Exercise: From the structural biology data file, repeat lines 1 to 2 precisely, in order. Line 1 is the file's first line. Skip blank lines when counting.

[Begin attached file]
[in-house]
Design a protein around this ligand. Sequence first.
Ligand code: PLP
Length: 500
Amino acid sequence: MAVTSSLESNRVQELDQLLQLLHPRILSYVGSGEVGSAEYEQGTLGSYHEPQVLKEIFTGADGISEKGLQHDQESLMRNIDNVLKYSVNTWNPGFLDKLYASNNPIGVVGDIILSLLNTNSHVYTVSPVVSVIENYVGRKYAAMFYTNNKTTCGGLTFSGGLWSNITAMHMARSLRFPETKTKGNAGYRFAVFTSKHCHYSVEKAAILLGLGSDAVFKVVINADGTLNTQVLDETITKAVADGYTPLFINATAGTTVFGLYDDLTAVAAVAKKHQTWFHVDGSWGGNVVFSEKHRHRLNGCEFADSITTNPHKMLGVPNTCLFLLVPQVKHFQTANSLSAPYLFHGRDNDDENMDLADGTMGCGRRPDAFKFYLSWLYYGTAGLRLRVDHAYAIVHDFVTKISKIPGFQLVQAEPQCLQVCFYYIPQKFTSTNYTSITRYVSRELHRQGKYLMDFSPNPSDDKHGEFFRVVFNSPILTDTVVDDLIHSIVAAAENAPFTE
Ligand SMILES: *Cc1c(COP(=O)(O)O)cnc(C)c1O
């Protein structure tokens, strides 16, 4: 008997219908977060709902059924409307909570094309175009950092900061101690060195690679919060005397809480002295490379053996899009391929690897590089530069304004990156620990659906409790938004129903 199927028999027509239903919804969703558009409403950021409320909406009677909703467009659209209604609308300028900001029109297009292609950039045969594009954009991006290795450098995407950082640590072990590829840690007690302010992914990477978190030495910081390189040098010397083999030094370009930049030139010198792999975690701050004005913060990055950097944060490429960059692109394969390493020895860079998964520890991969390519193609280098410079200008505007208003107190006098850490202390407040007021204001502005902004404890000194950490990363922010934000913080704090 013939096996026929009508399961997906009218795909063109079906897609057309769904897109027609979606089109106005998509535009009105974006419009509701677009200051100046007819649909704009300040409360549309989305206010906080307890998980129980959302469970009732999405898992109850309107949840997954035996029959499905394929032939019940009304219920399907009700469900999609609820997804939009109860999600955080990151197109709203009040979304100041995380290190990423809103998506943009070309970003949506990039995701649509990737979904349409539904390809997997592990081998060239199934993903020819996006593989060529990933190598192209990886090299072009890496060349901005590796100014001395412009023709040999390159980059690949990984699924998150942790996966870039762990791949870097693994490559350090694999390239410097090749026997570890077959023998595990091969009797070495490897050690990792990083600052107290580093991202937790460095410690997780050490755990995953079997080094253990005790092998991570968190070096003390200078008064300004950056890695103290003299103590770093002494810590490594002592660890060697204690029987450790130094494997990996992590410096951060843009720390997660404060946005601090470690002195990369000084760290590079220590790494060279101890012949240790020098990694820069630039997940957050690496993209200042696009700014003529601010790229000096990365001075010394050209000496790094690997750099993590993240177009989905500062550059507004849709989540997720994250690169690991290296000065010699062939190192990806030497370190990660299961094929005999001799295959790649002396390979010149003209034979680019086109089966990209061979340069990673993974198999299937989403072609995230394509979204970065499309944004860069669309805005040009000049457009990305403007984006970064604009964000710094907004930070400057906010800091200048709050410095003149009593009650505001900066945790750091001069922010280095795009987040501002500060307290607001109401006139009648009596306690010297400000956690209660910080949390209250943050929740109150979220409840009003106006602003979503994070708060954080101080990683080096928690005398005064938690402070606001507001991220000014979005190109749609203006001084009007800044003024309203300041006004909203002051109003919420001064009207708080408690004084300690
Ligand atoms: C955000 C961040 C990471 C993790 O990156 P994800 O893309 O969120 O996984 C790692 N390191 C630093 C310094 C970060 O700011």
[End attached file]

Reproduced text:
[in-house]
Design a protein around this ligand. Sequence first.